Sulayman al-Bassam's The Speaker’s Progress
The Arab Spring Movements at ArtsEmerson Paramount Theatre
By: Nelida Nassar - Oct 14, 2011
The Kuwaiti/ British director and actor Sulayman al-Bassam presents with casual sophistication, charting new territories “The Speaker’s Progress”. The play opened in Kuwait, then Lebanon and is now touring two US cities: New York at the Brooklyn Academy of Music and Boston at the ArtsEmerson Paramount Theatre. Kuwait’s government has supported the work with its avant-garde text uncensored.
Conceived in October 2010, well before the inception of the Arab Spring Movements, it seems in hindsight, that al Bassam’s text is a prophetic one. It is timely addressing the current issues with enthusiasm, passion and a critical eye.
The play is set in a country without identity, immune to the upheavals occurring across the Arab world. A team of renowned researchers of great achievements and high morals are working tirelessly in a laboratory attempting to understand and dissecting a play performed in the sixties, at the height of the country's golden age.
This country is hypothetically destroyed and has since lost its theater that was a platform for dialogue; it feels presently at a loss. Nostalgic for that golden age when people cared about art, they long to restore it. The play’s opening image of a cohesive and cheering crowd crystallizes that moment.
The Ruler Faisal Al Ameeri alias Oum Koulsoum makes a furtive appearance, as the 60’s embodying, unifying symbol that hypnotized the crowd. Al-Bassam defines that moment as “the power of individual memory to catalyze transformational change”. The plot unveils and progresses while the researchers turn into comedians performing with mimicry. They depict the acting of the actors projected on a giant screen. The winds of freedom blow with each of their words and their hand gestures suggest a code of solidarity and revolution. This amazing experience is transformative changing them in the process.
The director and actor reading from a lectern is surrounded by comedians from different nationalities Carole Abboud, Nawar Youssef, Nicolas Daniel, Nassar Al-Nassar, Amal Omran, Fayez Kozak, becomes a spectator as well, wondering about this freedom gained by the people through power struggle, hence also questioning the fate of the theater and its artistic creation. The acting is often contrite, with scatatto movements; noteworthy is the masterful metamorphosis of actress Nowar Yosef from a virginal, innocent maiden to a dominatrix figure. Also, Fayez Kozak performs bravely the role of the Mullah.
Al Bassem encodes while re-contextualizing Shakespeare's Twelfth Night, and recreates a similar sense of pleasure, fun, innocence and dallying with life. The play is a constant interaction between life and theater where the viewer is able to confound reality with fiction. Three recurrent themes freedom, revolution and love are interwoven in leitmotivs and counterpoints of desire and subversion.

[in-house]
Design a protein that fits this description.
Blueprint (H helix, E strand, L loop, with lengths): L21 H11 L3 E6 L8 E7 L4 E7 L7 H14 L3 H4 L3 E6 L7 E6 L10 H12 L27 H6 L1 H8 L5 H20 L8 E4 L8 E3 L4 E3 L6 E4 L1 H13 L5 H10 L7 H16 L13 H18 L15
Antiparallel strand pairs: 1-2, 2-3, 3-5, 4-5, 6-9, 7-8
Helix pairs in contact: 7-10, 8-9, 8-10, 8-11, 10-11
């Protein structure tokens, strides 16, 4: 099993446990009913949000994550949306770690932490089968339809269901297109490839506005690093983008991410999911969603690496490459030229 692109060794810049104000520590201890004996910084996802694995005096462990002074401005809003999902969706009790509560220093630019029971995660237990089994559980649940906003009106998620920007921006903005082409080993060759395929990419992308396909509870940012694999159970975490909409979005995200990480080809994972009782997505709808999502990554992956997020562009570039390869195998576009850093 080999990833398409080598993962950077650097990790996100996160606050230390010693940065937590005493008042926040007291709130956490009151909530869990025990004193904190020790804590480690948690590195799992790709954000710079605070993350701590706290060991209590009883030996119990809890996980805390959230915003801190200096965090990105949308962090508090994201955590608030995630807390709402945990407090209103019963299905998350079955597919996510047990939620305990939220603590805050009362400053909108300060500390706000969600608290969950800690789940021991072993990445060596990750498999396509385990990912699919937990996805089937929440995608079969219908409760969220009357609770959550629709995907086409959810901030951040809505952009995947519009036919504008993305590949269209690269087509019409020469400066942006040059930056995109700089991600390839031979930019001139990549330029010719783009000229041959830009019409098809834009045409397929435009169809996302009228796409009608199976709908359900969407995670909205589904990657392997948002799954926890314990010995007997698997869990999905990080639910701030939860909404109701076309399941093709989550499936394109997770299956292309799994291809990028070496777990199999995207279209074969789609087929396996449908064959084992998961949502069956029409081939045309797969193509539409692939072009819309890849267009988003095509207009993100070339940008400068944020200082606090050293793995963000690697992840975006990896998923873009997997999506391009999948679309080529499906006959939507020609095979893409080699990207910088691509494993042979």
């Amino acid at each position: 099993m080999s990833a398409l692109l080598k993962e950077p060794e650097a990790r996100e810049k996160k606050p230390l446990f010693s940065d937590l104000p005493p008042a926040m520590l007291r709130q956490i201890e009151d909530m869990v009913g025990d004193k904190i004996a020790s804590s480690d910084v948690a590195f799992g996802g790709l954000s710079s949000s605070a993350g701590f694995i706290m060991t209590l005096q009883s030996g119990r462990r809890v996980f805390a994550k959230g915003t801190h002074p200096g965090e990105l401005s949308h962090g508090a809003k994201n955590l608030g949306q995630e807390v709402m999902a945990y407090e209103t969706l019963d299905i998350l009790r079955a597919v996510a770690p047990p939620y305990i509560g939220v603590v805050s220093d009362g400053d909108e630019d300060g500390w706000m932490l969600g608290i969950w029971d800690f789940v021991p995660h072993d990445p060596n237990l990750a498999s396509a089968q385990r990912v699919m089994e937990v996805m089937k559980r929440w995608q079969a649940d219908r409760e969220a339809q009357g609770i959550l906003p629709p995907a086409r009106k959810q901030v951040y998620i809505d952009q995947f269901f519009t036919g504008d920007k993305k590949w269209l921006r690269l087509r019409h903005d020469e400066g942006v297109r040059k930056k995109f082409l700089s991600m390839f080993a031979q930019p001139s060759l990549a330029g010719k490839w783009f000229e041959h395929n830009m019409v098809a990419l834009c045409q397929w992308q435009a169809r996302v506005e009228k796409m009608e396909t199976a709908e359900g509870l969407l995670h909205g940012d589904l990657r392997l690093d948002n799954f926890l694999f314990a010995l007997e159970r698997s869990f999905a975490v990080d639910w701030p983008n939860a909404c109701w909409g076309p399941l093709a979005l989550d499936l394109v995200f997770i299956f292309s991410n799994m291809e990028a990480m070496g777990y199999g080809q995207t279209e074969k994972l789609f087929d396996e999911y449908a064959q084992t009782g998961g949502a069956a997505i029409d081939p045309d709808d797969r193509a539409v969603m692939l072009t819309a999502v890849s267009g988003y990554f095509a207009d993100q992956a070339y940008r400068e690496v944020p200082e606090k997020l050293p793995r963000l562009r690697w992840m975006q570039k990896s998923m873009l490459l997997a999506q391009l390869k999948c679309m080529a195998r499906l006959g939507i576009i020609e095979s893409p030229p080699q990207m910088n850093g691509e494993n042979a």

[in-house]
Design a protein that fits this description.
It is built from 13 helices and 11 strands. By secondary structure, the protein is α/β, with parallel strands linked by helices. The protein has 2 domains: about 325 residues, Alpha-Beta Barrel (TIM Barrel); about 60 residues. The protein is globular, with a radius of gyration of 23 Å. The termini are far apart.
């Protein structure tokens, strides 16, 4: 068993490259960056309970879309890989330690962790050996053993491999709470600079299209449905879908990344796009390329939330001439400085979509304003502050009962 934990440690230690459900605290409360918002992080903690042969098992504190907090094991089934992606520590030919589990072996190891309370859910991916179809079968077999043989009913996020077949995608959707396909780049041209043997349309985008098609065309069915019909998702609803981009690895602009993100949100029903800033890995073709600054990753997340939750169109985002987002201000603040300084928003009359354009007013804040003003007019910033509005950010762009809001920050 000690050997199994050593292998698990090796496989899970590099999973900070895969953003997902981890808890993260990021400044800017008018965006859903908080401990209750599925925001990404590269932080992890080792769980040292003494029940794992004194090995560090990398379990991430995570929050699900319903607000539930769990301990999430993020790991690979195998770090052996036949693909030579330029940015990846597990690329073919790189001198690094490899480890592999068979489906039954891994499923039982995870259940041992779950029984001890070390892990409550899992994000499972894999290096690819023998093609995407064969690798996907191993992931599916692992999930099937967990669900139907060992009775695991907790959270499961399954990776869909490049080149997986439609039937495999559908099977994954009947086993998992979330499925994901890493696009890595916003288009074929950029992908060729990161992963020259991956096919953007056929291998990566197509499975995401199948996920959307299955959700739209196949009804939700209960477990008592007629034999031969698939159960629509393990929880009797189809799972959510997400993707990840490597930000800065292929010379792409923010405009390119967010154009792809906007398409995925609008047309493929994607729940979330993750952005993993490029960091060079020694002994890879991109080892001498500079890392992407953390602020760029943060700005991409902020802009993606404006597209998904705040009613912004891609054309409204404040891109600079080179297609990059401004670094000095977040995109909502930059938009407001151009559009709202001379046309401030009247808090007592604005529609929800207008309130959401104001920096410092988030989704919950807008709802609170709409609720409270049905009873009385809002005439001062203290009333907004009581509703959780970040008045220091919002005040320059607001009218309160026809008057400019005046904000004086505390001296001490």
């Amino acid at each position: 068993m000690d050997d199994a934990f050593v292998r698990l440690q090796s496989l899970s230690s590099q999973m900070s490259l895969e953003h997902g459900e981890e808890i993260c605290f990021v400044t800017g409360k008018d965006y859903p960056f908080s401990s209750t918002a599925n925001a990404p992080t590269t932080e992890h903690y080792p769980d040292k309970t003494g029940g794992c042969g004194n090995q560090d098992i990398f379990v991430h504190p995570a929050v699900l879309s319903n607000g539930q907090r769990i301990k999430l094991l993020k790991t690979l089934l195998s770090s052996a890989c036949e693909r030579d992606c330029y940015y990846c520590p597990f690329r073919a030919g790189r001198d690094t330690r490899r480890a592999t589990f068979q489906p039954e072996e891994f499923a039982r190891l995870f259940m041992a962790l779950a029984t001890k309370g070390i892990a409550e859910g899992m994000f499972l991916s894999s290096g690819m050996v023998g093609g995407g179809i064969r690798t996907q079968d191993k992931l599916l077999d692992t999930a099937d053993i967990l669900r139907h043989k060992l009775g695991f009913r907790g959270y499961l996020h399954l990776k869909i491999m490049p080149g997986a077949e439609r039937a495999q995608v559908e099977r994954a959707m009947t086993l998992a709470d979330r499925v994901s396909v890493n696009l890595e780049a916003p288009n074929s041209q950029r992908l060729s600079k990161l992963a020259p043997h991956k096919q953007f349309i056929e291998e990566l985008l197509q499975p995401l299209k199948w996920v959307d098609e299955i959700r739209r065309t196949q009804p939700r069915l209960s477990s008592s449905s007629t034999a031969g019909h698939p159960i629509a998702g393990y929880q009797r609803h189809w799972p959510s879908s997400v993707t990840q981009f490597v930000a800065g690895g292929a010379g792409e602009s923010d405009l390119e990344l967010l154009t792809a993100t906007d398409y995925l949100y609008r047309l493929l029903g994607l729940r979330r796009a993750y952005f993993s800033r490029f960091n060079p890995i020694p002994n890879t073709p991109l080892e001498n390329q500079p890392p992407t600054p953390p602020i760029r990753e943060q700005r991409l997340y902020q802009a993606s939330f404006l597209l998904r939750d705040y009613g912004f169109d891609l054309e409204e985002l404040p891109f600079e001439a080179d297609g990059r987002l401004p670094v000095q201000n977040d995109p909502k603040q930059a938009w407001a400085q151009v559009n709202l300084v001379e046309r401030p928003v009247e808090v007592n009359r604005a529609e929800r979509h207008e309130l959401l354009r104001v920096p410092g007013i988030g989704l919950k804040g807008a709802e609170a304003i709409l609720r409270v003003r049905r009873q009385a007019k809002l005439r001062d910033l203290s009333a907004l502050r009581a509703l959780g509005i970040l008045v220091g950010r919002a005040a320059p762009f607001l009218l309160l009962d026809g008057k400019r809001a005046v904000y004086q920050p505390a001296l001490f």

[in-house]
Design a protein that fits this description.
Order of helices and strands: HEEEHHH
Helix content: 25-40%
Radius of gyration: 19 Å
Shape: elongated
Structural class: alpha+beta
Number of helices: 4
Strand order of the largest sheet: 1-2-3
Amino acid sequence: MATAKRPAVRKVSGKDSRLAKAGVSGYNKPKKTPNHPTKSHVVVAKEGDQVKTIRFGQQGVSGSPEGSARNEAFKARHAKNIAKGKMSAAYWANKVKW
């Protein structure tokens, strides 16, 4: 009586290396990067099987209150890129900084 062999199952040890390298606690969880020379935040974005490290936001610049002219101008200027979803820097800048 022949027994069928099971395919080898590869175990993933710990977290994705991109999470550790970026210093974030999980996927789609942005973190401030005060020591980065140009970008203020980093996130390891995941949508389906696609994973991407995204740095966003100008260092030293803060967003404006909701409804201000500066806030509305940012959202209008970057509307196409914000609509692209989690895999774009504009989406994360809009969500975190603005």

With a backdrop of complete self-mockery the audience witness governors’ words vacuity as power alters one’s perspective of life, citizens’ indoctrination and their overreaction, scenes of misunderstood violated freedom as well as the death of censorship. The theatre, temple of truth, becomes a metaphor for the revolution and also for love. The white-gloved hand, an object of seduction, beauty and depravity and an artifice, symbolizes both themes. The glove imagery evolves from the laboratory latex to the silk to end as blood stained.
Sam Collons, the stage designer conceived a tri-dimensional setting that exudes magical moments. Video projection, shadow puppetry simulating hand holding without touching, confluence of light and smoke as well as a spine-chilling metallic sound by Lewis Gibson, are all striking staging devices. A feeling of the stage expansion comes from inclusion of the theatre's stage wings usually concealed from the spectators. The scene changes are effortless, coalescing inventively at an epicenter of luminal space. It is a transgression, something we see without seeing.
Last of the trilogy of Shakespearean plays, The Speaker's Progress in its Arabic title Wa Dar Al-Falak is the adaptation of the third and final play in the trilogy by Sabab - after
previously staging Hamlet and Henry the 3rd. Sulayman al-Bassam’s Arabic reconstruction is of unprecedented realism with its six indecisive while uplifting endings. Wa Dar el-Falak or The Speaker's Progress as its title indicates is a work in progress of 90-minute theatrical performance where the direction and acting are laboratories in a state of change and transformation, full of ambiguities and
The teleprompter coordination of both the Arabic text and its English translation can gain from a better synchronization. “The spectator in whatever countries he may be will find issues relevant for all, reflecting the tumultuous time we are living in” proclaims Mr. al Bassam.
Boston's theatre scene may benefit from a new wave of experimental and international theatre committed to political and social causes. The question of “how culture engages with government by often becoming complicit of repression” is worth contemplating.
The Speaker’s Progress runs through Sunday October 16 at the Paramount Theatre, 560 Washington Street Boston, MA